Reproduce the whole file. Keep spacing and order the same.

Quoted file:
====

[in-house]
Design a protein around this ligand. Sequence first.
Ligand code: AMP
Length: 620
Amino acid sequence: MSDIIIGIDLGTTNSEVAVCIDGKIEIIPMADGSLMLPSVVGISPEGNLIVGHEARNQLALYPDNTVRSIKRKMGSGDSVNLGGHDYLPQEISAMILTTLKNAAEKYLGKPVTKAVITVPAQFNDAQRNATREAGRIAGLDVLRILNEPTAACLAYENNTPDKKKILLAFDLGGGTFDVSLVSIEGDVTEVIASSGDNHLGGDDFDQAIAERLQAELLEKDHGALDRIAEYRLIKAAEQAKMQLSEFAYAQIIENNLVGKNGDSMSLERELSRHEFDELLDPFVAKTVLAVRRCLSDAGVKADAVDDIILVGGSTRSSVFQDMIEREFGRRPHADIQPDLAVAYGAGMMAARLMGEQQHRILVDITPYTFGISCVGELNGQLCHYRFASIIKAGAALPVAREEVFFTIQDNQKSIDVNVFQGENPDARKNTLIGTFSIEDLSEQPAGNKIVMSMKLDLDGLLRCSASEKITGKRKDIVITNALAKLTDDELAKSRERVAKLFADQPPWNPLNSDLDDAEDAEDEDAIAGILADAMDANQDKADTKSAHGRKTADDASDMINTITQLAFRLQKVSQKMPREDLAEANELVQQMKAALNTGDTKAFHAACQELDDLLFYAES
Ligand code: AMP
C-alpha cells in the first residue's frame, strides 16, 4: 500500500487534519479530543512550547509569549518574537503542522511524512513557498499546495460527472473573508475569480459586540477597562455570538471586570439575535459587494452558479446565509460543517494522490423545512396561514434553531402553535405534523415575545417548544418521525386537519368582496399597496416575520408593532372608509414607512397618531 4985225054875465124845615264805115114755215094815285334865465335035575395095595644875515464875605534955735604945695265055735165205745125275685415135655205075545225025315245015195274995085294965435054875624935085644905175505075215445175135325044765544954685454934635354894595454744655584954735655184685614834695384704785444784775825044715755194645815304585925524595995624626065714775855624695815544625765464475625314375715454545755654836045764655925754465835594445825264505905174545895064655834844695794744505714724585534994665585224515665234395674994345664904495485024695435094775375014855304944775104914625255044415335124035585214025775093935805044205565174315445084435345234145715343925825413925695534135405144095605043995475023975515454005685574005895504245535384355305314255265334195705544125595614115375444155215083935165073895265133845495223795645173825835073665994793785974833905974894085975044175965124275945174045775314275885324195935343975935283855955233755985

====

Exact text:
[in-house]
Design a protein around this ligand. Sequence first.
Ligand code: AMP
Length: 620
Amino acid sequence: MSDIIIGIDLGTTNSEVAVCIDGKIEIIPMADGSLMLPSVVGISPEGNLIVGHEARNQLALYPDNTVRSIKRKMGSGDSVNLGGHDYLPQEISAMILTTLKNAAEKYLGKPVTKAVITVPAQFNDAQRNATREAGRIAGLDVLRILNEPTAACLAYENNTPDKKKILLAFDLGGGTFDVSLVSIEGDVTEVIASSGDNHLGGDDFDQAIAERLQAELLEKDHGALDRIAEYRLIKAAEQAKMQLSEFAYAQIIENNLVGKNGDSMSLERELSRHEFDELLDPFVAKTVLAVRRCLSDAGVKADAVDDIILVGGSTRSSVFQDMIEREFGRRPHADIQPDLAVAYGAGMMAARLMGEQQHRILVDITPYTFGISCVGELNGQLCHYRFASIIKAGAALPVAREEVFFTIQDNQKSIDVNVFQGENPDARKNTLIGTFSIEDLSEQPAGNKIVMSMKLDLDGLLRCSASEKITGKRKDIVITNALAKLTDDELAKSRERVAKLFADQPPWNPLNSDLDDAEDAEDEDAIAGILADAMDANQDKADTKSAHGRKTADDASDMINTITQLAFRLQKVSQKMPREDLAEANELVQQMKAALNTGDTKAFHAACQELDDLLFYAES
Ligand code: AMP
C-alpha cells in the first residue's frame, strides 16, 4: 500500500487534519479530543512550547509569549518574537503542522511524512513557498499546495460527472473573508475569480459586540477597562455570538471586570439575535459587494452558479446565509460543517494522490423545512396561514434553531402553535405534523415575545417548544418521525386537519368582496399597496416575520408593532372608509414607512397618531 4985225054875465124845615264805115114755215094815285334865465335035575395095595644875515464875605534955735604945695265055735165205745125275685415135655205075545225025315245015195274995085294965435054875624935085644905175505075215445175135325044765544954685454934635354894595454744655584954735655184685614834695384704785444784775825044715755194645815304585925524595995624626065714775855624695815544625765464475625314375715454545755654836045764655925754465835594445825264505905174545895064655834844695794744505714724585534994665585224515665234395674994345664904495485024695435094775375014855304944775104914625255044415335124035585214025775093935805044205565174315445084435345234145715343925825413925695534135405144095605043995475023975515454005685574005895504245535384355305314255265334195705544125595614115375444155215083935165073895265133845495223795645173825835073665994793785974833905974894085975044175965124275945174045775314275885324195935343975935283855955233755985